Their seedy underbelly is too vocal and in being so they reflect poorly on the Father’s Rights movement and men who don’t abandon children for any reason. There is a small fringe of this movement that has declared war on women and children and that fringe keeps those who are truly concerned about their rights as fathers from being taken seriously.
Hmm. Apart from the fact that Meyer offers no evidence whatsoever for her assertion, does she notice that actually she’s the one doing that? Yes, she’s the one who took a single comment from a single article and wants her readers to believe that the person represents the “seedy underbelly” of the movement that has “declared war on women and children.” And of course she’s the one who is doing her best to keep “those who are truly concerned about their rights as fathers from being taken seriously.” Given that she’s doing her best to denigrate the “fathers’ rights movement,” we in the shared parenting movement will be forgiven if we don’t take her seriously.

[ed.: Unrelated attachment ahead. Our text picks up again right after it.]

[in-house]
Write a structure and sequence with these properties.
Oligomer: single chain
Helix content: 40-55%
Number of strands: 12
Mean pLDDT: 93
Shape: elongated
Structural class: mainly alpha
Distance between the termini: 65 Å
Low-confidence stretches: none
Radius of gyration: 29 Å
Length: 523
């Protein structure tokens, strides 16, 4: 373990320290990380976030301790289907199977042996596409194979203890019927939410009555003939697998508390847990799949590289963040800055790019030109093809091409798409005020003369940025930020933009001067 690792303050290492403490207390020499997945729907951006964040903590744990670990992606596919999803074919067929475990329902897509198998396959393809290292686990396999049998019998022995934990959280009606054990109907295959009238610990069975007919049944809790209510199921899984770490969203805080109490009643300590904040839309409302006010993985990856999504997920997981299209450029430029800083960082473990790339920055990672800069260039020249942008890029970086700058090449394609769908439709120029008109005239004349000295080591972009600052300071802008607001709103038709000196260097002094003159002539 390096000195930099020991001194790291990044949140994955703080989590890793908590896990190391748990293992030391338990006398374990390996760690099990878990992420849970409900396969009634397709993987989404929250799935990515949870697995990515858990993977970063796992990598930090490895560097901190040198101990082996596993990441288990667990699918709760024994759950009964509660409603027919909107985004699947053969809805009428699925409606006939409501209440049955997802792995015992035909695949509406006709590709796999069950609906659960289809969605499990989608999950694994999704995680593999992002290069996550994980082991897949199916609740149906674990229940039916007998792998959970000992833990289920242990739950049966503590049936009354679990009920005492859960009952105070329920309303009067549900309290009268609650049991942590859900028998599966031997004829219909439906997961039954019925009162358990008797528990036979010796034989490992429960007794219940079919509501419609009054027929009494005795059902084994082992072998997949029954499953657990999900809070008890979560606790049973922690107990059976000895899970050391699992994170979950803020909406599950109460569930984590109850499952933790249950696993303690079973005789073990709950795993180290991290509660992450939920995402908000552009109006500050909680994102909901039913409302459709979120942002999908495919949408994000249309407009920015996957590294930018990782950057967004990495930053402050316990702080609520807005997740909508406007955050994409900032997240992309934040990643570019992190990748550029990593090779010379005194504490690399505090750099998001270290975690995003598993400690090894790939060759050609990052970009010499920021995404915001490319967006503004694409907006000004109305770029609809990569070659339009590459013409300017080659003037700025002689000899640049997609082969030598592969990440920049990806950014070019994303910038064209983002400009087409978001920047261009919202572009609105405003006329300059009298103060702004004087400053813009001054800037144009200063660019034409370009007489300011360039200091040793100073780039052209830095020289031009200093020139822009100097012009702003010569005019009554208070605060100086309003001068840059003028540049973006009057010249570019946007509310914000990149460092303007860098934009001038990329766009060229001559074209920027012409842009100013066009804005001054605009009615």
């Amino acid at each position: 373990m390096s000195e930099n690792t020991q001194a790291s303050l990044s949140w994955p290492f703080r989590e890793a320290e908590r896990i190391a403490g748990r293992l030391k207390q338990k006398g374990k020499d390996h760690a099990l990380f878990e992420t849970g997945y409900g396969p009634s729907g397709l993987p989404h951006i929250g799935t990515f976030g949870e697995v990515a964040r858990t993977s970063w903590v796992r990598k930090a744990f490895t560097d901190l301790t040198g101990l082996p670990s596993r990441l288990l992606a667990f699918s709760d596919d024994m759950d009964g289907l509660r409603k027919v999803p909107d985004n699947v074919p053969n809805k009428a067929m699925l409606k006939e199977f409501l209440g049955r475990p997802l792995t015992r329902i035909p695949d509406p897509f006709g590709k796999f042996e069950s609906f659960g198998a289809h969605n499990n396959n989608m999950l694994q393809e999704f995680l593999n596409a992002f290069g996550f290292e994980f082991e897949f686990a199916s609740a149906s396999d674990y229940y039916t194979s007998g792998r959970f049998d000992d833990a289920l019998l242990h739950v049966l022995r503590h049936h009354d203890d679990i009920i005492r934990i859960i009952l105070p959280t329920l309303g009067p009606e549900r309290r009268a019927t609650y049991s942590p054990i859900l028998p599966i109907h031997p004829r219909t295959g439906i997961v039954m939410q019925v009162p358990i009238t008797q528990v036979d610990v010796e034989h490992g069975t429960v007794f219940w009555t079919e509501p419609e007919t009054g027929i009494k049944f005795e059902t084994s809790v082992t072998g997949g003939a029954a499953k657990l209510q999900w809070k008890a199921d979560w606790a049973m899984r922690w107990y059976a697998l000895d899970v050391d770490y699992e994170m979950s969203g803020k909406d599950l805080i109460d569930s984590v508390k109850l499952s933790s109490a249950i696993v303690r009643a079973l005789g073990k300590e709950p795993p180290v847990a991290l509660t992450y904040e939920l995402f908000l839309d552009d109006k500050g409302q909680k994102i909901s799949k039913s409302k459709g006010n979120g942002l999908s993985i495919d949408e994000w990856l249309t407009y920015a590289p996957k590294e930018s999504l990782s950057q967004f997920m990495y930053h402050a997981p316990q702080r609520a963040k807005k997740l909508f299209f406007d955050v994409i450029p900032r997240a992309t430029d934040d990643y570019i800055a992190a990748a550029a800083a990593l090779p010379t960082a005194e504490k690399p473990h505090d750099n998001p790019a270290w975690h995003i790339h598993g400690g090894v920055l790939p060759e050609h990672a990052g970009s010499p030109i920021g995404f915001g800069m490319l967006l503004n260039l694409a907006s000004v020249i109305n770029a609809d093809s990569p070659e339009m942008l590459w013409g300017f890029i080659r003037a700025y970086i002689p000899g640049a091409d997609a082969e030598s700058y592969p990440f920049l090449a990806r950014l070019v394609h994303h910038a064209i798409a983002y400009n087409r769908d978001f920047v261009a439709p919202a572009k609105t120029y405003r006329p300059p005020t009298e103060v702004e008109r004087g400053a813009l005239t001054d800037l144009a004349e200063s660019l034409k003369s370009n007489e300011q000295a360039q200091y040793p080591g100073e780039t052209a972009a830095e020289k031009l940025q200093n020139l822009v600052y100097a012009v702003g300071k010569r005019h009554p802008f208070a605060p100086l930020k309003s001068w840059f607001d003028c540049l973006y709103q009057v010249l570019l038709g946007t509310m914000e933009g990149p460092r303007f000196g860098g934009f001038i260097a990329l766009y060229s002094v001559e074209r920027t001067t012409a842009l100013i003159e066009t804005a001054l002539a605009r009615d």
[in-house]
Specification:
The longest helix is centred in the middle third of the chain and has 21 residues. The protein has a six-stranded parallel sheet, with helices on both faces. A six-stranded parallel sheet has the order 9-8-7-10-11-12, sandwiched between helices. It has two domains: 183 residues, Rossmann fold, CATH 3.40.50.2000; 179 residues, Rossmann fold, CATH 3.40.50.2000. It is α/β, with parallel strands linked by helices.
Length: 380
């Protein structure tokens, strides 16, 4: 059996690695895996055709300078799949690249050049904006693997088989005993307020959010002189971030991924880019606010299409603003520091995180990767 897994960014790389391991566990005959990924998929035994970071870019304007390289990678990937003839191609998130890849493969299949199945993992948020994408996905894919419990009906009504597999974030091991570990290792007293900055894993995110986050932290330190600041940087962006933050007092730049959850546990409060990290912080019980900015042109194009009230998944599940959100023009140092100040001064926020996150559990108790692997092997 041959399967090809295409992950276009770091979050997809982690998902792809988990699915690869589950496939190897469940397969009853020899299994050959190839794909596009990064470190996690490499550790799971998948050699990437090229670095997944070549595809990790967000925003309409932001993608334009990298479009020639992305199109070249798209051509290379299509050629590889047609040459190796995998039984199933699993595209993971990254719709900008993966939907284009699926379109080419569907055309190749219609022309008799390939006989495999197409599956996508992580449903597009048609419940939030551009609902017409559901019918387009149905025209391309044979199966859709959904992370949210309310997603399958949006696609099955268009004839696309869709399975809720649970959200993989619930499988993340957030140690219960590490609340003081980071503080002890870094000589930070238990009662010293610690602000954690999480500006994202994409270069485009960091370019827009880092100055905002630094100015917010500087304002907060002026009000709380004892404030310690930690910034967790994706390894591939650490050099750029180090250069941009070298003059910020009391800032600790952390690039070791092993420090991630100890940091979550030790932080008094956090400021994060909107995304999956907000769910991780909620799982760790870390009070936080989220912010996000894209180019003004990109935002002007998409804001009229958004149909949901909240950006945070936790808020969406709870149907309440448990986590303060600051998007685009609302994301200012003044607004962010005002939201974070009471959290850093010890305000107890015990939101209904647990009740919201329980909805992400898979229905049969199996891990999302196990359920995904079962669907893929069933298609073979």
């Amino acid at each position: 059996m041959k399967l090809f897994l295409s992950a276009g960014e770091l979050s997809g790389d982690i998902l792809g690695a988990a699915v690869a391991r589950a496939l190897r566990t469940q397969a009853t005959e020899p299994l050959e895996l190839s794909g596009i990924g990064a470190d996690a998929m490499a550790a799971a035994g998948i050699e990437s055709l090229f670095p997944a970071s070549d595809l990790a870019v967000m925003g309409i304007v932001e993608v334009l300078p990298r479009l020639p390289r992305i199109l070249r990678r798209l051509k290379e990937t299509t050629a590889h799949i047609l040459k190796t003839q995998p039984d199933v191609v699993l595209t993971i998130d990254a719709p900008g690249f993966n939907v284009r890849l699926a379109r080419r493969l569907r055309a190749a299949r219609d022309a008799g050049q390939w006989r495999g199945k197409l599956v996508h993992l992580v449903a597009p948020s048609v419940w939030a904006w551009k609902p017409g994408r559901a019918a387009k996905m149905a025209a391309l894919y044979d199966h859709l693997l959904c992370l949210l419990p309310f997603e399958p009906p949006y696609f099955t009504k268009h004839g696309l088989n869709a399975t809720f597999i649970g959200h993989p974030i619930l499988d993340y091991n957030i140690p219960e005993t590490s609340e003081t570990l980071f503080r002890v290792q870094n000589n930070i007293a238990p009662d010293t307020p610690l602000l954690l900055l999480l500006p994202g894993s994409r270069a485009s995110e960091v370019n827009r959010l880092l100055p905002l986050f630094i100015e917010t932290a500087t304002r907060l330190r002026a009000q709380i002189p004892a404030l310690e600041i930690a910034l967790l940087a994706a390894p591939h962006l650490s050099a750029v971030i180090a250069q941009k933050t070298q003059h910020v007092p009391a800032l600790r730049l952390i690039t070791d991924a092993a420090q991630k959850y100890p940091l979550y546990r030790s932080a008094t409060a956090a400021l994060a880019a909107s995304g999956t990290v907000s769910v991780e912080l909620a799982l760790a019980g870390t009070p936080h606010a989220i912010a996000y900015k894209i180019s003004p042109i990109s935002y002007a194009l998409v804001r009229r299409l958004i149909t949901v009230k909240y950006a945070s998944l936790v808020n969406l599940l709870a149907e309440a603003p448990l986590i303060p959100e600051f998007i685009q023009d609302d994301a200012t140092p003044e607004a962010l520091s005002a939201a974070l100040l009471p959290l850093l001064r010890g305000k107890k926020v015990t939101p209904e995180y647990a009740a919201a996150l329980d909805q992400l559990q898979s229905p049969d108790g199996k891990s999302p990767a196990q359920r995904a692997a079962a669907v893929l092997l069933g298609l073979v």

From her perch high atop a mountain of rubbish, Meyer goes on to instruct those who seek greater equality in family courts.
If men want shared or 50/50 custody of their children they are more likely to change custody laws if they are working in union with women and mothers, not blaming them but working with them.
We are. If Meyer knew the first thing about the shared parenting movement, she’d know that it consists in no small part of the many strong, courageous women who’ve fought the good fight for years, even decades. Has Meyer ever heard of Leading Women for Shared Parenting? Has she ever heard of Molly Olsen? Paulette MacDonald? Rita Fuerst Adams? Diana Thompson? Or any of the literally countless women in the trenches of the shared parenting movement?
No. She knows of no such thing. She’s got her gripe and she’s stickin’ to it.
So irrational is Meyer that she asks (nay, demands) that we do the impossible.